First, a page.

At the eHealth Week conference last week, the European Commission presented the latest draft of the EU guidelines on the assessment of mHealth apps. As set out in our previous post, this guidance establishes a broad framework that forms the basis to improve the use, development, recommendation and evaluation of mHealth apps, and facilitate decision-making of whether or not an app should be reimbursed.

The second draft is still a discussion document of how the assessment of apps should take place and what criteria should be used. As such, there is still much to be decided. The second draft also contains substantial commentary on the existing/future regulatory environment that covers apps, which will also be applicable to app developers.

The guidance identifies nine key criteria that form the basis for the assessment: reliability, desirability, credibility, safety, security, transparency, usability, effectiveness, and stability.  The guidance itself follows the same format as the previous version, and is divided into three phases: (i) Initial validation and assessment of the app; (ii) Risk assessment to determine the level of scrutiny required, and (iii) Scrutiny, which sets out a series of questions, taking account of the technology platform and the medical aspects of the app. While additional detail and explanation have been added to this draft, there are still many questions to be addressed. In particular, the criteria for risk assessment are still being “worked out”.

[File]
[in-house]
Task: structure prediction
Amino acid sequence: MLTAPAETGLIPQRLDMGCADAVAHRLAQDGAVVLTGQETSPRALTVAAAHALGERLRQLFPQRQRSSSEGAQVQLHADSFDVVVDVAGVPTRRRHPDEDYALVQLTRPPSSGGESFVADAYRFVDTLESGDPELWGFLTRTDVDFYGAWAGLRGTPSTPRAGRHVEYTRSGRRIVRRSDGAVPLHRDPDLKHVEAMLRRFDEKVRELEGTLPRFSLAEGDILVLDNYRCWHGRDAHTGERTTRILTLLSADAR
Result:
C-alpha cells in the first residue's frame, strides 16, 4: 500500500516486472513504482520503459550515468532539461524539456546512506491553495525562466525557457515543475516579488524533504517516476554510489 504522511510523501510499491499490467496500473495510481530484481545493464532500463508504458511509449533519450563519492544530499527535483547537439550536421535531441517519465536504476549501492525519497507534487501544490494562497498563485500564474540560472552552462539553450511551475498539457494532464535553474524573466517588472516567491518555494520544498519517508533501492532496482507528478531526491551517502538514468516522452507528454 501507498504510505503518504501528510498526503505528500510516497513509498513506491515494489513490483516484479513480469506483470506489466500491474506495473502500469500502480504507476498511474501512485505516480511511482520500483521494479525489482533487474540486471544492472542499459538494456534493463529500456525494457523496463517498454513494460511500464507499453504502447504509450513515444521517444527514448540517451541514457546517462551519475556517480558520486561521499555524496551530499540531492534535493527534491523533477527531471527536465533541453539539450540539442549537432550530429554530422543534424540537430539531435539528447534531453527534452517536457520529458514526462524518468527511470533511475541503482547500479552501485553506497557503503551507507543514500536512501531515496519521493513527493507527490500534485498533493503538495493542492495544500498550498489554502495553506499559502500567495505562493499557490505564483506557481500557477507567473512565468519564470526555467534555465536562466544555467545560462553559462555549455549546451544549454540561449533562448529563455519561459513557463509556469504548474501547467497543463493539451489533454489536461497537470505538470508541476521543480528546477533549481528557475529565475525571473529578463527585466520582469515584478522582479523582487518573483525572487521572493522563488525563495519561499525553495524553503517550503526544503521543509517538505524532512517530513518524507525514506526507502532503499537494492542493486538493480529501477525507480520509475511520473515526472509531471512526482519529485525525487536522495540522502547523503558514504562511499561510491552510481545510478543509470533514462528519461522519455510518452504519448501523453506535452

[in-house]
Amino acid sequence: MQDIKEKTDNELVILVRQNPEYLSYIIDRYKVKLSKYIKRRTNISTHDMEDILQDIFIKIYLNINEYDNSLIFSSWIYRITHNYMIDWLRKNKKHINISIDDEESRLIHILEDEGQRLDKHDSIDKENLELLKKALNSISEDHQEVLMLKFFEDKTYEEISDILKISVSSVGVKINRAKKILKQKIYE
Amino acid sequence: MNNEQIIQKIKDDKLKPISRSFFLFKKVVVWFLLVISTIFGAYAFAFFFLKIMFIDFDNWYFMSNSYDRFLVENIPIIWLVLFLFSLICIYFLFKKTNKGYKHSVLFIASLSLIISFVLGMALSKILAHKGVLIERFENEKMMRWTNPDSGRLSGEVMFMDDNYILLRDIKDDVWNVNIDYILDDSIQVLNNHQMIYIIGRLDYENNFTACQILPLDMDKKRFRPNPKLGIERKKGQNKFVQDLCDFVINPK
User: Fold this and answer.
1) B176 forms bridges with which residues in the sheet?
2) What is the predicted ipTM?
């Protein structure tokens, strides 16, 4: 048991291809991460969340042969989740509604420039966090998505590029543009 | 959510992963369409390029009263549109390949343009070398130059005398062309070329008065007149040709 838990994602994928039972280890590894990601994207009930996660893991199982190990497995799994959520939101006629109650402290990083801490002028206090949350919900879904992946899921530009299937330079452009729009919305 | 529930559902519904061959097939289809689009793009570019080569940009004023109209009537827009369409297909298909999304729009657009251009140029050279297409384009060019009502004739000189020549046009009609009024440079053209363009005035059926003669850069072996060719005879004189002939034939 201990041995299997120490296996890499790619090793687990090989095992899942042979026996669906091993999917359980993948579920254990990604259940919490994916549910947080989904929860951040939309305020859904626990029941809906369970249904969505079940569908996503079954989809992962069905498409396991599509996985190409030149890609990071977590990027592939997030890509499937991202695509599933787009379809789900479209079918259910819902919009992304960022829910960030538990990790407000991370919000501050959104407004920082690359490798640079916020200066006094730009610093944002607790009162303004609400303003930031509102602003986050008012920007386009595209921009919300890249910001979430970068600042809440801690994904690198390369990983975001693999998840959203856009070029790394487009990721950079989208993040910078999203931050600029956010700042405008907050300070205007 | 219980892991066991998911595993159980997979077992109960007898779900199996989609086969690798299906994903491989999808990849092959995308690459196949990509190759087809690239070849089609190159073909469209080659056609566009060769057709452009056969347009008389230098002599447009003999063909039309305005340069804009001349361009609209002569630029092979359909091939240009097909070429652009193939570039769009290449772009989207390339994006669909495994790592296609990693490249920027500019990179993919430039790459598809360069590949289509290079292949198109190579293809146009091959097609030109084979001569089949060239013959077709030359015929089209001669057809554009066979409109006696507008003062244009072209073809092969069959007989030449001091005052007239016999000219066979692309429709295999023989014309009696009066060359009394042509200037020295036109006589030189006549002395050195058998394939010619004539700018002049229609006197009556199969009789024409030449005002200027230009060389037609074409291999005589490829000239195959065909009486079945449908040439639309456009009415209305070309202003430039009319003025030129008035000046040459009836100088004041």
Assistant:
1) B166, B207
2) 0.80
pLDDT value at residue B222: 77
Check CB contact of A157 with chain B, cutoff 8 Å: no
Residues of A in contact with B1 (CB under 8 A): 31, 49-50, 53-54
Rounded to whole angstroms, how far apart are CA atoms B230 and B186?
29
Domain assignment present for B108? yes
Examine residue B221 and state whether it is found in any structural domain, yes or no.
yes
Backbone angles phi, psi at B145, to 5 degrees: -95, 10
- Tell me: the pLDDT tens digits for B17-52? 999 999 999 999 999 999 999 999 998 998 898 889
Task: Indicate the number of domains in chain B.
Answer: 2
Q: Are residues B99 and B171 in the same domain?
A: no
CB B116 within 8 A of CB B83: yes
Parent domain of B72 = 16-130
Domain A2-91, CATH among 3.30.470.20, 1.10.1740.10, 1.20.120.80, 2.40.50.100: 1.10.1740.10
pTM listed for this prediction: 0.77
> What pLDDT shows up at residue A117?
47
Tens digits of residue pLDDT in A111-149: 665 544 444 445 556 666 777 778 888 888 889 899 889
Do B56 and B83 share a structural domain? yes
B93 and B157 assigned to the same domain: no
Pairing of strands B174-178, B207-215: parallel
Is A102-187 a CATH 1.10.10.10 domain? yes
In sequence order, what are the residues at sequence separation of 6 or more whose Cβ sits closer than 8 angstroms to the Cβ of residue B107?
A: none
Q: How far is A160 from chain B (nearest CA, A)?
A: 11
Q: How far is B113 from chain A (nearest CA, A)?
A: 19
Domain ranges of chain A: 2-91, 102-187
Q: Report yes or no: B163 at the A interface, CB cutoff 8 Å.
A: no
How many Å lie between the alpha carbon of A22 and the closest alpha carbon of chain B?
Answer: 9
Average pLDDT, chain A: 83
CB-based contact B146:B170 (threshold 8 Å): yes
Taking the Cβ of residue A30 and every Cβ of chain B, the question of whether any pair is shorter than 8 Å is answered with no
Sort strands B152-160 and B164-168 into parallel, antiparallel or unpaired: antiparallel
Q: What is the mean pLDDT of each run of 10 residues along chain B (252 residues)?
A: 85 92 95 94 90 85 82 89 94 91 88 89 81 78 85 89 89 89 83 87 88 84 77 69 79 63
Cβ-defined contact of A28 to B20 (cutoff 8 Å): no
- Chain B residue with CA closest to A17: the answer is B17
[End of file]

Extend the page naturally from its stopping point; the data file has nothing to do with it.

The draft clarifies that medical devices are not covered by the guidance, and that all apps that do not meet the definition of a medical device are low risk.  The guidance, therefore, seeks to cover the so-called “grey zone” of apps that fall just below the lowest category of medical devices (Class 1), through to apps such as appointment booking apps that nevertheless involve exchange of potentially sensitive personal information.

The discussion at the conference focused on a number of “open issues”: the scope of the guidelines, the way they need to mesh with other legislation and guidance, users’ perspectives and needs and what form they should take. Stakeholders now have until 31 August to comment on the current draft, and a third version is expected to be published in mid-October. The fourth and final draft will then be published by the end of December, with the guidance expected to come into force in early 2017.